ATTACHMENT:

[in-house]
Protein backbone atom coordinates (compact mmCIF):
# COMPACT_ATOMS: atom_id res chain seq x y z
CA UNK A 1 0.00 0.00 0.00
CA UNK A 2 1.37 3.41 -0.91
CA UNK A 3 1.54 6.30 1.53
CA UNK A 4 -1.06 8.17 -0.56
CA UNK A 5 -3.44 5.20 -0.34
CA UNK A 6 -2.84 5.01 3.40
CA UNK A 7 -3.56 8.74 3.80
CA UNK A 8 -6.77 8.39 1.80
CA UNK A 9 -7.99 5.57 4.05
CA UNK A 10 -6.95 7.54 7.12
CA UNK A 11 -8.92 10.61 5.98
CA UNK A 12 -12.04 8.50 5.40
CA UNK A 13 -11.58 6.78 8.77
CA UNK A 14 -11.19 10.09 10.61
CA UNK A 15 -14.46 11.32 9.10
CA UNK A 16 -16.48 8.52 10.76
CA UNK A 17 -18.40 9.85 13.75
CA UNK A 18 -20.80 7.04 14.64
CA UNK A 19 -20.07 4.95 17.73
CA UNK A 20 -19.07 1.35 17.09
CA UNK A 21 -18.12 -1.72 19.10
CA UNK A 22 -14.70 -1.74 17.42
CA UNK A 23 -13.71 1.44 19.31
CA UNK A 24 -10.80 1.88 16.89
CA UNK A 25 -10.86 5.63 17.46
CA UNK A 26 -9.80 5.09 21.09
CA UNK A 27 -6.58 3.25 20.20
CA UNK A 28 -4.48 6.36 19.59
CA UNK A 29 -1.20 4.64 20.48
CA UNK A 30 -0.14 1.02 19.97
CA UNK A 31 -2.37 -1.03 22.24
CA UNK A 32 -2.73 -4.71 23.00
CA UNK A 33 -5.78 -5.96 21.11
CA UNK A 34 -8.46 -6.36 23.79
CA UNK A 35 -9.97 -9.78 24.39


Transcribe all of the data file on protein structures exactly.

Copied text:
[in-house]
Protein backbone atom coordinates (compact mmCIF):
# COMPACT_ATOMS: atom_id res chain seq x y z
CA UNK A 1 0.00 0.00 0.00
CA UNK A 2 1.37 3.41 -0.91
CA UNK A 3 1.54 6.30 1.53
CA UNK A 4 -1.06 8.17 -0.56
CA UNK A 5 -3.44 5.20 -0.34
CA UNK A 6 -2.84 5.01 3.40
CA UNK A 7 -3.56 8.74 3.80
CA UNK A 8 -6.77 8.39 1.80
CA UNK A 9 -7.99 5.57 4.05
CA UNK A 10 -6.95 7.54 7.12
CA UNK A 11 -8.92 10.61 5.98
CA UNK A 12 -12.04 8.50 5.40
CA UNK A 13 -11.58 6.78 8.77
CA UNK A 14 -11.19 10.09 10.61
CA UNK A 15 -14.46 11.32 9.10
CA UNK A 16 -16.48 8.52 10.76
CA UNK A 17 -18.40 9.85 13.75
CA UNK A 18 -20.80 7.04 14.64
CA UNK A 19 -20.07 4.95 17.73
CA UNK A 20 -19.07 1.35 17.09
CA UNK A 21 -18.12 -1.72 19.10
CA UNK A 22 -14.70 -1.74 17.42
CA UNK A 23 -13.71 1.44 19.31
CA UNK A 24 -10.80 1.88 16.89
CA UNK A 25 -10.86 5.63 17.46
CA UNK A 26 -9.80 5.09 21.09
CA UNK A 27 -6.58 3.25 20.20
CA UNK A 28 -4.48 6.36 19.59
CA UNK A 29 -1.20 4.64 20.48
CA UNK A 30 -0.14 1.02 19.97
CA UNK A 31 -2.37 -1.03 22.24
CA UNK A 32 -2.73 -4.71 23.00
CA UNK A 33 -5.78 -5.96 21.11
CA UNK A 34 -8.46 -6.36 23.79
CA UNK A 35 -9.97 -9.78 24.39